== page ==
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Proposed deal could represent new wave of consolidation in pay-TV biz

Charter Communications is prepping an offer for Time Warner Cable as early as next week, with a bid of less than $135 per share in cash and stock, according to reports Friday.

The proposal was first reported Friday by Bloomberg, which initially cited an anonymous source saying the offer would be less than $140 per share. Both the New York Times and Reuters later reported the bid would be under $135 per share. The deal, if consummated, could herald a new wave of consolidation in the pay-TV business.

Time Warner Cable stock closed at $131.06 per share Thursday. After climbing as high as $135.99, the operator’s shares dropped back to $131.75 per share in early afternoon trading. Charter shares rose 2.2% in the ayem before declining to $132.21 per share (up only 0.2% from previous close).

Charter’s offer would be a “bear hug” letter, which is a formal acquisition offer for a price above a company’s current valuation. The strategy of leaking proposed deal terms to the media is a way M&A execs sometimes try to gain leverage in negotiations. Bloomberg previously reported that TW Cable would be receptive to a bid of $150-$160 per share (again citing an anonymous source).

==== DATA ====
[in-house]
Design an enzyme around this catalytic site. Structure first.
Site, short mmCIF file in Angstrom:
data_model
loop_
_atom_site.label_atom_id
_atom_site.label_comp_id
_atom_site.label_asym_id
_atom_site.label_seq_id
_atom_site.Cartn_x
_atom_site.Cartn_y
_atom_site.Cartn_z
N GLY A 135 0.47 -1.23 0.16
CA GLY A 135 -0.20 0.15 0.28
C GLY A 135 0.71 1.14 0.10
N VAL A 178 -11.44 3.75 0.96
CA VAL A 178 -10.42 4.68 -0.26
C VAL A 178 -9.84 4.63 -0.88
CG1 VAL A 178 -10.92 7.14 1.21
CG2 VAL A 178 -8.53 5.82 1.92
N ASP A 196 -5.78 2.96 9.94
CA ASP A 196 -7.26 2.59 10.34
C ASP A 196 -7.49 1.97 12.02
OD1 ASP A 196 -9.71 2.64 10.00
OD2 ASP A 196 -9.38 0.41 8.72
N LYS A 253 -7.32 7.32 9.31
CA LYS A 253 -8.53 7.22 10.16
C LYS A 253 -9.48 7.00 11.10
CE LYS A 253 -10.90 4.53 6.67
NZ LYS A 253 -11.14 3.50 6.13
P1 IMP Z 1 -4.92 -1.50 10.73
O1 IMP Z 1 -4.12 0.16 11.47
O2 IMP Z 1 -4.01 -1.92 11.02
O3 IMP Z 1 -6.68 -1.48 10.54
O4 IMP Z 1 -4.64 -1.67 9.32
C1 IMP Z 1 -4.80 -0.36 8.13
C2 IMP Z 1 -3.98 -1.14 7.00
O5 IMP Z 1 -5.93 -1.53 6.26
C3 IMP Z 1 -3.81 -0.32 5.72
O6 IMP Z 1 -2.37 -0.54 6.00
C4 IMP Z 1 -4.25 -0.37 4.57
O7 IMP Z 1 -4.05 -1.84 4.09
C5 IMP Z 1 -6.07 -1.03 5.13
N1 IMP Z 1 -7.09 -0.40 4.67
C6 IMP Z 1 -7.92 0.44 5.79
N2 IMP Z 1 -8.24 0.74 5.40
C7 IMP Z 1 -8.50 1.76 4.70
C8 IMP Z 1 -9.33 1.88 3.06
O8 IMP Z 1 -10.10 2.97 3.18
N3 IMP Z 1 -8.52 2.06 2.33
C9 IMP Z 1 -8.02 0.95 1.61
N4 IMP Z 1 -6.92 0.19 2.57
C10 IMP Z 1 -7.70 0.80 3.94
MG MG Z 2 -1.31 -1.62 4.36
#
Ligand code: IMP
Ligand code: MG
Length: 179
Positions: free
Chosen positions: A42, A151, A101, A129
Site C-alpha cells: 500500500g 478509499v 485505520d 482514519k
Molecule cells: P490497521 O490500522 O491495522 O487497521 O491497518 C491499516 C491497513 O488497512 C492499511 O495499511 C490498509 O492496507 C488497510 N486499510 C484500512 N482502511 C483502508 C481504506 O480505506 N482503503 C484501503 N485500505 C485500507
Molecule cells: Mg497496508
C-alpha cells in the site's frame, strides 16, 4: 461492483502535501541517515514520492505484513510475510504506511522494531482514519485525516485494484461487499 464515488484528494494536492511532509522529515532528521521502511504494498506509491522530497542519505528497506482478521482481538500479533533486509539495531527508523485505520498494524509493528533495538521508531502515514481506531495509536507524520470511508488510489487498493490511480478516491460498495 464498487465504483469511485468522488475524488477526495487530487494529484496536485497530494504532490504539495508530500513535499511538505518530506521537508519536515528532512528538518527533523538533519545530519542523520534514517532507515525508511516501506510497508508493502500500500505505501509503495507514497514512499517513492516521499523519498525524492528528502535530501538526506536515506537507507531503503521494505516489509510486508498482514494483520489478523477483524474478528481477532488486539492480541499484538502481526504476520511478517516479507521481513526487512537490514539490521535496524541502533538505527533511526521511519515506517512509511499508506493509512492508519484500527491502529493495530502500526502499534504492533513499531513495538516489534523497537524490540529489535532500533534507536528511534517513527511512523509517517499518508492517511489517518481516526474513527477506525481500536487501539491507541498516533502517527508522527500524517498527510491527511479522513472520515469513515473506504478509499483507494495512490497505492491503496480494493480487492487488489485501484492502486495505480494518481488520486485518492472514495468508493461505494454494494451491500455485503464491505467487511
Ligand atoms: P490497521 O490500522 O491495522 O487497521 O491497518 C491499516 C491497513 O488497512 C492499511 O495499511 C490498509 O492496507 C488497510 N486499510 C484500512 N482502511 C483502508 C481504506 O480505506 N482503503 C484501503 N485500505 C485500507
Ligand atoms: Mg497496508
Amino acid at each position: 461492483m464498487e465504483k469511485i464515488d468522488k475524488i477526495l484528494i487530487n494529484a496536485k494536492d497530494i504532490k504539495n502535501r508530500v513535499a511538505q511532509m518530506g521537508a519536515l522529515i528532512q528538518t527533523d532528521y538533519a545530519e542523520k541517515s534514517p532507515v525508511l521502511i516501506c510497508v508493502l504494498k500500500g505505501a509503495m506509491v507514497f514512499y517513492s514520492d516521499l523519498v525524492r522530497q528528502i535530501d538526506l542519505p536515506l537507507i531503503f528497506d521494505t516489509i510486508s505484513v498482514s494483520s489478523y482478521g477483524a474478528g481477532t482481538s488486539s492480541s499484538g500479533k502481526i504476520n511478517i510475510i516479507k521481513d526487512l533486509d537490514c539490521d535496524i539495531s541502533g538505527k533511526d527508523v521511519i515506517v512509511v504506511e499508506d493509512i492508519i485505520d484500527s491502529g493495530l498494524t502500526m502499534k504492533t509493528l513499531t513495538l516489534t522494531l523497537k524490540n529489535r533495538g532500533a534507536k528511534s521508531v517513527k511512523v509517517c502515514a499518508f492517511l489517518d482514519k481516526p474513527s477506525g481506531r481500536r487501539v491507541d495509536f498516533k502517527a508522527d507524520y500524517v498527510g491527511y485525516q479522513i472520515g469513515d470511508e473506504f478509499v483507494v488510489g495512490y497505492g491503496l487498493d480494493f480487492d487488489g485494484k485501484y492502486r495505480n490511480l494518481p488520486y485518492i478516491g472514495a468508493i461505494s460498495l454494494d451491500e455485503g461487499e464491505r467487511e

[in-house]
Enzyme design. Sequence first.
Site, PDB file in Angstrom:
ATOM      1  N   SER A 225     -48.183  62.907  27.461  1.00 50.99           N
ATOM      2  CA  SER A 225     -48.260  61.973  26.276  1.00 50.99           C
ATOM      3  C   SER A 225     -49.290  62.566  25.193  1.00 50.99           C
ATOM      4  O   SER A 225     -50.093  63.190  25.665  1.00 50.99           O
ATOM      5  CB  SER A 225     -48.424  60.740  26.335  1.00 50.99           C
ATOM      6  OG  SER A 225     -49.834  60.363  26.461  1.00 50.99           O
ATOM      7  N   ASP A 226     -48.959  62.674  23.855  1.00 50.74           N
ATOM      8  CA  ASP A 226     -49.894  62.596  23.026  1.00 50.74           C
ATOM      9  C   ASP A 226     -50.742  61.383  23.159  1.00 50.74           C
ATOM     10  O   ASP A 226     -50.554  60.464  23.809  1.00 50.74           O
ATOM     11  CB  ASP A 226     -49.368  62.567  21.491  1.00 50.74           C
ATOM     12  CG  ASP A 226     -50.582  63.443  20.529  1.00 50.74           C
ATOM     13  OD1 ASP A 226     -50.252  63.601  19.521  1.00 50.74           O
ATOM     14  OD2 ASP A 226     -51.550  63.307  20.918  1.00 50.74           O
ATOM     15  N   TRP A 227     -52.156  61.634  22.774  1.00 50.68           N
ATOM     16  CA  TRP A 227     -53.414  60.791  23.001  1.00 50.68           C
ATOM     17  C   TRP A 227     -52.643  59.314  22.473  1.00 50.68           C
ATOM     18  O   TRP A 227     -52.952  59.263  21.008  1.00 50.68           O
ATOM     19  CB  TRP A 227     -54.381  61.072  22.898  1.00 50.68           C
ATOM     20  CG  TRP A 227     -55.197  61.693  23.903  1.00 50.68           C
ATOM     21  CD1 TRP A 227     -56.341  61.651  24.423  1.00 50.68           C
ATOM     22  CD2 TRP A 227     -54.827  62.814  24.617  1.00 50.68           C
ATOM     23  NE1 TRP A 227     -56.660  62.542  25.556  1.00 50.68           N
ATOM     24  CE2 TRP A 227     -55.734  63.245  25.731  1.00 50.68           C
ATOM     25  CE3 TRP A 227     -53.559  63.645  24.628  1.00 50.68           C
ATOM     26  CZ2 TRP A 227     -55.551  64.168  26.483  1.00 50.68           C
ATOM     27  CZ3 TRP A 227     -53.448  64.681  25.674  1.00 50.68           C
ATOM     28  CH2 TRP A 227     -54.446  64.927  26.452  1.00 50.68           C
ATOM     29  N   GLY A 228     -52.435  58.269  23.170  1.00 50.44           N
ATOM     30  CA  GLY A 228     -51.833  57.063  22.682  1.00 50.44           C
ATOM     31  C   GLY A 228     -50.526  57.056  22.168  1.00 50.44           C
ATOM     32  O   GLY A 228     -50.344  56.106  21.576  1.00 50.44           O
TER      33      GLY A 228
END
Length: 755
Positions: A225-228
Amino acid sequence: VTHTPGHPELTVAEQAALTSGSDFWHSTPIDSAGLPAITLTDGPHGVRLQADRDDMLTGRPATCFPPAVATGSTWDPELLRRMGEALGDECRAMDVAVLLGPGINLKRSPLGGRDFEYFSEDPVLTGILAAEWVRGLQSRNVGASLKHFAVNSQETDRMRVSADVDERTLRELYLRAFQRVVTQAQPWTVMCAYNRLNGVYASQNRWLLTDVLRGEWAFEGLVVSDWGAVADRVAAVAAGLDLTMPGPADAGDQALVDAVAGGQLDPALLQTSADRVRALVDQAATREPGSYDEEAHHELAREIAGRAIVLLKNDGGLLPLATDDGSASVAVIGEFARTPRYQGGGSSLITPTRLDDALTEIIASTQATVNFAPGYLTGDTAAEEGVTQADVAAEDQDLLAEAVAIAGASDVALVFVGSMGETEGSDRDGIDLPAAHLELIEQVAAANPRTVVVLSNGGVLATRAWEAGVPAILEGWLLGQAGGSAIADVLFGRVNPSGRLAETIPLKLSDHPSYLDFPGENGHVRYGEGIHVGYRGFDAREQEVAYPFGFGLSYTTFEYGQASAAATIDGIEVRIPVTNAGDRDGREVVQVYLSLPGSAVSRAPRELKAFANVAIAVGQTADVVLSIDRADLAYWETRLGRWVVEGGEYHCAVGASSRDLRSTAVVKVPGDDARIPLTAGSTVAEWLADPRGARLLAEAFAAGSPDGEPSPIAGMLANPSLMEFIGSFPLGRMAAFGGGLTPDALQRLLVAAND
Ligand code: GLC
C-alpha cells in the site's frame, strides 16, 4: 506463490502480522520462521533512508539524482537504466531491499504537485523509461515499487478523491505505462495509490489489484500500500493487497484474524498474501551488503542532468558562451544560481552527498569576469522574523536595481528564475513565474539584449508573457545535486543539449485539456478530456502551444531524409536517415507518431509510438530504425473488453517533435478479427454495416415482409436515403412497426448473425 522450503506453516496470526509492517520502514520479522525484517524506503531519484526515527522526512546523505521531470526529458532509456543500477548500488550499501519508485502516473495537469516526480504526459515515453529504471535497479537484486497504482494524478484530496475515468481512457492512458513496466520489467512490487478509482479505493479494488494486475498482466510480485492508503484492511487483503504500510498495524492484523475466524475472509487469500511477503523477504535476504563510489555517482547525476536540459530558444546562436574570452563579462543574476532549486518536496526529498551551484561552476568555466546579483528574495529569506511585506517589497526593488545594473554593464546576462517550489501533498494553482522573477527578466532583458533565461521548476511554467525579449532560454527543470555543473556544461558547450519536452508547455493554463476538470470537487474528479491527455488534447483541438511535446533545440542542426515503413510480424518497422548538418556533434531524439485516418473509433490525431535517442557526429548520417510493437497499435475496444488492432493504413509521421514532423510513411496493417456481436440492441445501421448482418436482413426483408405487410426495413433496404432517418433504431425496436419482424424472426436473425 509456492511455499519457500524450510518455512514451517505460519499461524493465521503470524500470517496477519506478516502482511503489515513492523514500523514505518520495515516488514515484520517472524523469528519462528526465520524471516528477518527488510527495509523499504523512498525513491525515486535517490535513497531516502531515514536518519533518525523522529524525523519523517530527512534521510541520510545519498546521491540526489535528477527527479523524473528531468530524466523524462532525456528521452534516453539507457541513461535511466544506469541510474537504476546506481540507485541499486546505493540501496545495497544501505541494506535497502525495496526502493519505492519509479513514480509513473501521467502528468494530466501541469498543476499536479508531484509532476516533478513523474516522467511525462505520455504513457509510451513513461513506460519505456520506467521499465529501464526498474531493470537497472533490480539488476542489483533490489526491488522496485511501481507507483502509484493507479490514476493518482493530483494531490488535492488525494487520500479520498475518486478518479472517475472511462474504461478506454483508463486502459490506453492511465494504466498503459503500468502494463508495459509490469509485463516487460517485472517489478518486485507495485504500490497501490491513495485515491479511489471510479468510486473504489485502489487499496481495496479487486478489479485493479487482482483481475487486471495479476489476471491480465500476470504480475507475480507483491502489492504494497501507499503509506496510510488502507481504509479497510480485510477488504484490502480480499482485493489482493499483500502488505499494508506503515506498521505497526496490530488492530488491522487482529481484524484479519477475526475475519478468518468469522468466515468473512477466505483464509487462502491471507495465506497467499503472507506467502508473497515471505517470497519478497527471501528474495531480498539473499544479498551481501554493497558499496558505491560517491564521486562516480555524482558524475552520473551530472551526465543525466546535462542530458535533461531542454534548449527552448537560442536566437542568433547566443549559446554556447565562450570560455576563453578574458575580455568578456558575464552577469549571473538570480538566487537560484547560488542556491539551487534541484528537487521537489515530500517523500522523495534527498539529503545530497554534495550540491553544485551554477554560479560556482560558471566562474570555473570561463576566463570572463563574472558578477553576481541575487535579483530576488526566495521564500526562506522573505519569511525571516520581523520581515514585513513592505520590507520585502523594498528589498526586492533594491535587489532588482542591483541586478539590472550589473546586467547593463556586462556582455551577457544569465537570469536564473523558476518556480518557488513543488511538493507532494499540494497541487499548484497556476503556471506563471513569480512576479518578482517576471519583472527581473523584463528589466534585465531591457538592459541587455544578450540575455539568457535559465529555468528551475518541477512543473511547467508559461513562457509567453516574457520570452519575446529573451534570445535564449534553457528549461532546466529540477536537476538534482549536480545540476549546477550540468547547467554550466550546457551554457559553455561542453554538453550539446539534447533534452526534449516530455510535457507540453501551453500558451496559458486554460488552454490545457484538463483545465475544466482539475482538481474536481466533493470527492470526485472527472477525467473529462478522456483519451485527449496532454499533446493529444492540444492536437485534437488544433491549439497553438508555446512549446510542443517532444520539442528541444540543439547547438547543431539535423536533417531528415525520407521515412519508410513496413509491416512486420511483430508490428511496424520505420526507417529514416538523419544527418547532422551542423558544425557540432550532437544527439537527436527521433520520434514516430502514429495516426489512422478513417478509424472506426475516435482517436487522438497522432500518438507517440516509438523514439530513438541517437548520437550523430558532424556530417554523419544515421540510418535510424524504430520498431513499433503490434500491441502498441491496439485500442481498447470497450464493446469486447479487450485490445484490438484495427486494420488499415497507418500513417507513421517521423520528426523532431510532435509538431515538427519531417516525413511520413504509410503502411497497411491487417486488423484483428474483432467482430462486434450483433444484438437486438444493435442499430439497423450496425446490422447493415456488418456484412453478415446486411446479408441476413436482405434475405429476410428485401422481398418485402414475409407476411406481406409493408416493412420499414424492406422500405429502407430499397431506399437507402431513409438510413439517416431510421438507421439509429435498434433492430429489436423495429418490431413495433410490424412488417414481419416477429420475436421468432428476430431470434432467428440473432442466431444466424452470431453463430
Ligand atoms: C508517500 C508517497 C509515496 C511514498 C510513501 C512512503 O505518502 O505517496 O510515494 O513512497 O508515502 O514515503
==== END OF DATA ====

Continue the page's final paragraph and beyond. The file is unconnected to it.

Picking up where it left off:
Reps for Charter and Time Warner Cable declined to comment.

The report comes after Charter CEO Tom Rutledge earlier this week at the UBS Media & Communications Conference said the cable operator “doesn’t need to do any deals to make itself a highly valuable business.” He was responding to widespread reports that the company — in conjunction with John Malone’s Liberty Media, which owns a 27% stake in Charter — has been actively seeking a deal to merge with the larger operator.

SEE ALSO: John Malone: Time Warner Cable Should Be Rolling Up Cable Ops

Charter has met with Bank of America, Barclays and Deutsche Bank to line up financing for a Time Warner Cable bid, and might also seek cash for the transaction from “sovereign wealth funds and wealthy individuals,” The Wall Street Journal reported last month.

Malone, for his part, has been public in expressing his belief that cable operators must merge to gain economies of scale. Charter could become “a horizontal acquisition machine” by buying up other MSOs, Malone said at Liberty Media’s annual investor day in June. Charter will be “looking at other assets in the U.S. cable business that lack scale to have synergy.”

Comcast also has been reportedly conducting due diligence on a bid for Time Warner Cable, and enlisted JP Morgan to explore a potential acquisition plan, a source familiar with operator said, confirming an earlier Reuters report. However, such a union might be rejected by regulators, and the source said Comcast has no plans to launch a play for TW Cable at this point. Cox Communications also is said to have been interested in picking up TW Cable’s assets.

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